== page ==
Cute and Crafty DIY Christmas Gift Ideas for Teachers, Friends, Family, Co-workers, etc

Best Hot Cocoa Mix

The secret ingredient in this mix is the mini chocolate chips, which melt when combined with the boiling water and give the cocoa an extra-rich flavor. The recipe makes enough for four gift-size portions, each of which can be measured into a small plastic bag and tucked into a cup or mug filled with mini marshmallows, candy stick stirrers, and a spoon. Wrap each filled gift cup in cellophane and don’t forget to include a tag with the following instructions: “Spoon 3 or 4 generous tablespoons of cocoa mix into your cup (depending on the size), add boiling water, and stir well.”
What you’ll need
2 cups nonfat dry milk powder
3/4 cup sugar
1/2 cup unsweetened cocoa
1/2 cup mini semisweet chocolate chips
1/2 cup powdered nondairy creamer
1/8 teaspoon salt
How to make it: Measure all of the ingredients into a mixing bowl and whisk them until they are evenly blended. Store the mix in a tightly covered container at room temperature until you’re ready to package it. Makes about 4 cups of mix.

Cookie Cutter Candles

These holiday candles are ideal gifts and fun for kids to make. Beeswax is a joy to work with: it’s flexible, gently scented, and easy to cut with a cookie cutter.
What you’ll need
Cookie cutters (choose shapes that can stand up)
Honeycomb wax sheets in various colors (an 8- by 16-inch sheet will make 1-2 candles)
How to make it: For each candle, use a cookie cutter to make 10 identical shapes from the wax sheets. Divide the shapes into two stacks of 5. Sandwich a wick between the two stacks, starting at the bottom and extending it beyond the top by at least an inch. Press the sheets together gently. If they don’t stick together, take the wax layers apart and use a hair dryer to gently warm each one before restacking them, adding the wick as instructed above. Trim the wick to about a half-inch. Stand your candle up, shaping the base as needed to make it sit securely.

Handy Coasters

These cleverly personalized coasters offer a fun, open-handed expression of your child’s generosity: “Here,” they seem to say. “I brought you a drink.” For extra appeal and versatility, we’ve applied different fabrics to the sides of the coasters.
What you’ll need
Card stock
2 coordinating or contrasting cotton fabrics
1 package double-sided stiff fusible interfacing
How to make it: Trace your child’s hand on a piece of card stock and cut it out to make a template. Use a pencil or chalk to trace the desired number of coasters on one of the fabrics. Trim the fabric into a rectangle that contains all of your tracings, then trim the second fabric and the interfacing to match its size. Following the interfacing package’s instructions, fuse it between the two fabrics with an iron (an adult’s job). Cut along the traced lines with scissors.

Memory Lane Picture Frame

Is your mother’s or grandmother’s jewelry box a treasure trove of elegant baubles? Ask her to donate some trinkets to your cause, then use them to decorate a picture frame for a sentimental sister or cousin. Want to get down to brass tacks instead? Make a treasure box with little pieces of hardware scavenged from Grandpa’s tool chest. Use any family trinkets and treasured hardware odds and ends to decorate a personalized picture frame and box.
What you’ll need
Picture frame (flat wood or plastic works best)
Costume jewelry
Foam brush
Strong craft glue
How to make it: To prepare the jewelry, remove earring and brooch backs and unstring any beads. Remove the glass from the picture frame. Working in sections, use the foam brush to apply a thick layer of glue, then press on the beads and jewelry. When the frame is completely dry, reinsert the glass.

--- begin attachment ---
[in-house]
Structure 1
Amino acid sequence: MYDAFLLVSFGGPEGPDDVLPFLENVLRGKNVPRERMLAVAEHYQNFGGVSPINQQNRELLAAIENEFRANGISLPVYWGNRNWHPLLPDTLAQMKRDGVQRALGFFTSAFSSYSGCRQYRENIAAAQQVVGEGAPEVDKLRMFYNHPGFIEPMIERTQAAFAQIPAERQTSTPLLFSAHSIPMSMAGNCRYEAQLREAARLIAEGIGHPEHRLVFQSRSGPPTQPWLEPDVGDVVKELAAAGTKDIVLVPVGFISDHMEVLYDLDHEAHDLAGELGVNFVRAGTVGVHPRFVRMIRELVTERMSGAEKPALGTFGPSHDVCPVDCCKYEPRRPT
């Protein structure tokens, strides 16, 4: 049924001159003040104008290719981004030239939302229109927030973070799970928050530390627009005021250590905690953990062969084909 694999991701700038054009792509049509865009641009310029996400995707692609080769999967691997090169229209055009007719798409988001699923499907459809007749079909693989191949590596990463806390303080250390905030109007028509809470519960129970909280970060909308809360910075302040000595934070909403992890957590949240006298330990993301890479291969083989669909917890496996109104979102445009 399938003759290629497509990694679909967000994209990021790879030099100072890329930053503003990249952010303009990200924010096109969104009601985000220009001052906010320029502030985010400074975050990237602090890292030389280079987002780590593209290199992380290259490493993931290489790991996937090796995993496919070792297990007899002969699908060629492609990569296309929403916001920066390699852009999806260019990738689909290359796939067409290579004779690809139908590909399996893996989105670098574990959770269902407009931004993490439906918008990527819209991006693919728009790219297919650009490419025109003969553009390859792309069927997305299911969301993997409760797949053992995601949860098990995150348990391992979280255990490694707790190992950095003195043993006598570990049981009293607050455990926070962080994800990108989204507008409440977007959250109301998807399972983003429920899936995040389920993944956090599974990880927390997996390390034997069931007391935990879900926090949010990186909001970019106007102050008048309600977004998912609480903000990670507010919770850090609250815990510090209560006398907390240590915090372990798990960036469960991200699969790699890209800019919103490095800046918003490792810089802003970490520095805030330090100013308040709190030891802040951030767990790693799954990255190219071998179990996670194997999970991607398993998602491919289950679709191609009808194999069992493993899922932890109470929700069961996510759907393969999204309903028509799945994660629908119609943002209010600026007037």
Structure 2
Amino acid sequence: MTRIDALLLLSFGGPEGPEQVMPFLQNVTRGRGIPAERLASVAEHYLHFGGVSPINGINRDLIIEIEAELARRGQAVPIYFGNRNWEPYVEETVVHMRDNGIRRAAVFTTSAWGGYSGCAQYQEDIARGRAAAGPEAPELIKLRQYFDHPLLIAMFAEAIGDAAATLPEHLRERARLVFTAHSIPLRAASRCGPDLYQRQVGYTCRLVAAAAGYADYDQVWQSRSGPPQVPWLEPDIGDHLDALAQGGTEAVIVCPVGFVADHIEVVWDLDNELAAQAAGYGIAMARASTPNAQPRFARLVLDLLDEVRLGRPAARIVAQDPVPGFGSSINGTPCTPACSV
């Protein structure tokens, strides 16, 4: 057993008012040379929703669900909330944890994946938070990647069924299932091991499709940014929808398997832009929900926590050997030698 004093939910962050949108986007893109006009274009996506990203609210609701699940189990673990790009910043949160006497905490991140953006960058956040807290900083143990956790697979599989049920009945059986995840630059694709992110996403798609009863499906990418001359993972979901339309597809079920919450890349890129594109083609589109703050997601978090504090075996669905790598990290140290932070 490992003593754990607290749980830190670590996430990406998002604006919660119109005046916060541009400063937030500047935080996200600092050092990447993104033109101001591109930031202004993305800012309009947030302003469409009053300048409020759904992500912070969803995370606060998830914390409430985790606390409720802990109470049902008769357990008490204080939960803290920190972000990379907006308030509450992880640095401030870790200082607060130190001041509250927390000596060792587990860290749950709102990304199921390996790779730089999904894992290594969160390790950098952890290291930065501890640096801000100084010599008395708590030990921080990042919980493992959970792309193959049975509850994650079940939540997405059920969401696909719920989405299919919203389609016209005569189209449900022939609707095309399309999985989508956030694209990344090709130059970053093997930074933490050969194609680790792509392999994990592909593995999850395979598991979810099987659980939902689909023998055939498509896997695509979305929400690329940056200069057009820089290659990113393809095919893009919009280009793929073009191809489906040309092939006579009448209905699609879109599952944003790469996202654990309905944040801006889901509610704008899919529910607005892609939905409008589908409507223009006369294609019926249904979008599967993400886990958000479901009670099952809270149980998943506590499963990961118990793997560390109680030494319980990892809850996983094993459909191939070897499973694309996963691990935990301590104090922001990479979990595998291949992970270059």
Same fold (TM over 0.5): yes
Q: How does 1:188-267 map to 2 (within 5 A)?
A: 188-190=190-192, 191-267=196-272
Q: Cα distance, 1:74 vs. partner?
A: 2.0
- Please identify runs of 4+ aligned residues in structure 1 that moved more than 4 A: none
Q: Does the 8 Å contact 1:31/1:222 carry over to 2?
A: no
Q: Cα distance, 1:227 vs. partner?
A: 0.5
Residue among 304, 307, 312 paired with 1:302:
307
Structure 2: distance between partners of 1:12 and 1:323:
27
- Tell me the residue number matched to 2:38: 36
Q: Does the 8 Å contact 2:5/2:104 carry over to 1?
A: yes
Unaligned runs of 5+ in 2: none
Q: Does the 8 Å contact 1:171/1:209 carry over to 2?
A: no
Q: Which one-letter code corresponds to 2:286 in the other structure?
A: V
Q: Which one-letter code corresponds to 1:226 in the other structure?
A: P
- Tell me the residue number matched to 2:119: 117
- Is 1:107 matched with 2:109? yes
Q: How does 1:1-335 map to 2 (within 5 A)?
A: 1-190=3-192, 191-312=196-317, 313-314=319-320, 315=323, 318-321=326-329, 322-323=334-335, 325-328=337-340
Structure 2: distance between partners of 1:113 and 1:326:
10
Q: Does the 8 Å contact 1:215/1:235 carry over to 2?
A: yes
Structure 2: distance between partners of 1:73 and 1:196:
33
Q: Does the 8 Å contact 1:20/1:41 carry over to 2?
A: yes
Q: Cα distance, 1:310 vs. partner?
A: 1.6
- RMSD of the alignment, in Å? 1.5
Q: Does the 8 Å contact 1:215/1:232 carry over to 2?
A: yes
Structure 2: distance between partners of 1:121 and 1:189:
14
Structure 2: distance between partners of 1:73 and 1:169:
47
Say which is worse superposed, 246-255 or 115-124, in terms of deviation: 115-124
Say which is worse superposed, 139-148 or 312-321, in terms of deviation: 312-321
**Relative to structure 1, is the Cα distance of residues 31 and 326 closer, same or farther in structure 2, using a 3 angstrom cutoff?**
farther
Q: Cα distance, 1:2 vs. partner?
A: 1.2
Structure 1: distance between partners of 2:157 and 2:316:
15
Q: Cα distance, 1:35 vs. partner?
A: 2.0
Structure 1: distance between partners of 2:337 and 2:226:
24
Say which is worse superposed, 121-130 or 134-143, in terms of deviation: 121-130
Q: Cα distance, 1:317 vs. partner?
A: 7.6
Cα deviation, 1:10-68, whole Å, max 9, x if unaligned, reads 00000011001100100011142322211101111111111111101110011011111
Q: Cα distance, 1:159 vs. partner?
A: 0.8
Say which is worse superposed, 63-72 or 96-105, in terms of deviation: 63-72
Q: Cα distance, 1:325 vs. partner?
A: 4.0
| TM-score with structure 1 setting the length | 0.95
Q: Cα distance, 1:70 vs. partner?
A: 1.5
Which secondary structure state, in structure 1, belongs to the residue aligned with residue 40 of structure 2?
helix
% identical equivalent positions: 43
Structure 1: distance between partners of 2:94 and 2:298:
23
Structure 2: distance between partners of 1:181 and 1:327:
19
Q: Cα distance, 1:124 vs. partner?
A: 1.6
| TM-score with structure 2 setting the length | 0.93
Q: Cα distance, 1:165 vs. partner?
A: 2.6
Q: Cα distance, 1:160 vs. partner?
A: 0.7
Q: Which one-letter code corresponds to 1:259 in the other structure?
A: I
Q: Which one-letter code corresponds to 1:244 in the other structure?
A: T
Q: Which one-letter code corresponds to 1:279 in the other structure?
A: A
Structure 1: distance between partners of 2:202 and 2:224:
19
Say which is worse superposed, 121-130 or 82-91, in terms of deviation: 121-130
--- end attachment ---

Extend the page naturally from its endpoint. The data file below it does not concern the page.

No-Sew Sachets

These sachets are the perfect gift for all kids to make.Even kids who don’t sew can help fashion a bunch of these fragrant, colorful sachets. It’s a great way to use up all your fabric remnants.
What you’ll need
Fabric scraps
Fabric glue
Potpourri, such as lavender flowers or balsam fir needles
How to make it: For each sachet, place 2 matching 5-inch fabric squares back-to-back and glue the edges together on 3 sides. Spread the glue close to the edges to prevent fraying. Once the glue is dry, fill the sachet with about 1/2 cup of potpourri. Then glue together the open edges and again let the glue dry. Arrange the finished sachets in multicolored stacks and tie them together with a festive ribbon or yarn.

Off-the-Cuff Bracelets

Repurpose old wool sweaters by felting the fabric — shrinking the wool until it’s thick and ravel-proof — and then it’s a cinch to create a bevy of stylish bracelets.
What you’ll need
Old sweater
Embroidery needle
Embroidery floss
Buttons, felt shapes, paper flowers, and other embellishments
How to make it: To felt the wool, wash the sweater in hot water and dry it on high heat. Repeat, if necessary, so that the fabric’s weave is tight enough to be cut without fraying. Cut loops from the sweater’s cuffs and arms. Next, decorate the bangles by using embroidery floss to sew on buttons, felt shapes, paper flowers, and more. NOTE:If the diameter of a loop is too big, cut it open, trim the excess length, then overlap the edges and secure them by sewing on embellishments.

Printed Memo Blocks

This gift is super simple to make if you start with a cube of precut memo sheets. Still, if you have a paper cutter available, this project is perfect for using up a stack of old scrap paper.
What you’ll need
Colored duct tape
Memo cube pad, memo filler sheets or scrap paper cut into small squares
Ink stamps or Foamies craft foam, plastic bottle caps and double-sided tape
Ink pad
How to make it: Cut a strip of duct tape that measures 2 inches longer than the height of the stack of paper you plan to use (it should be 1 1/2 inches or more). Lay the tape sticky side up on a table. Grasp the stack and tap the sides against a flat surface as you would to straighten a deck of cards, then hold it on its end and press one edge down onto the center of the tape. Wrap the tape ends over the top and bottom of the stack, pressing down firmly to bind the paper. Use more tape to cover the edge, if needed. Now, lift the top sheet of paper and cut the tape just above the second sheet so that the binding is flush with the top of the pad. If you don’t already have an ink stamp, cut a fun shape from Foamies craft foam and use double-sided tape to stick it onto a bottle cap. Then use the stamp and an ink pad to print a design on the three untaped sides of the block.

Pinup Containers

These handy holders make a welcome addition to an office or kitchen and a great gift that kids can make. Thanks to a double layer of cork, they also serve as miniature bulletin boards. If you like, make a desk set with a pencil holder and a vase and add a scatter of pretty tacks so that the recipient can pin up a picture of her favorite person (aw, shucks).
What you’ll need
Colored or patterned duct tape
14- or 15-ounce can, washed, dried, and label removed
Thin cork sheets or roll
Tacky glue
Rubber bands
Hole punch
Decorative paper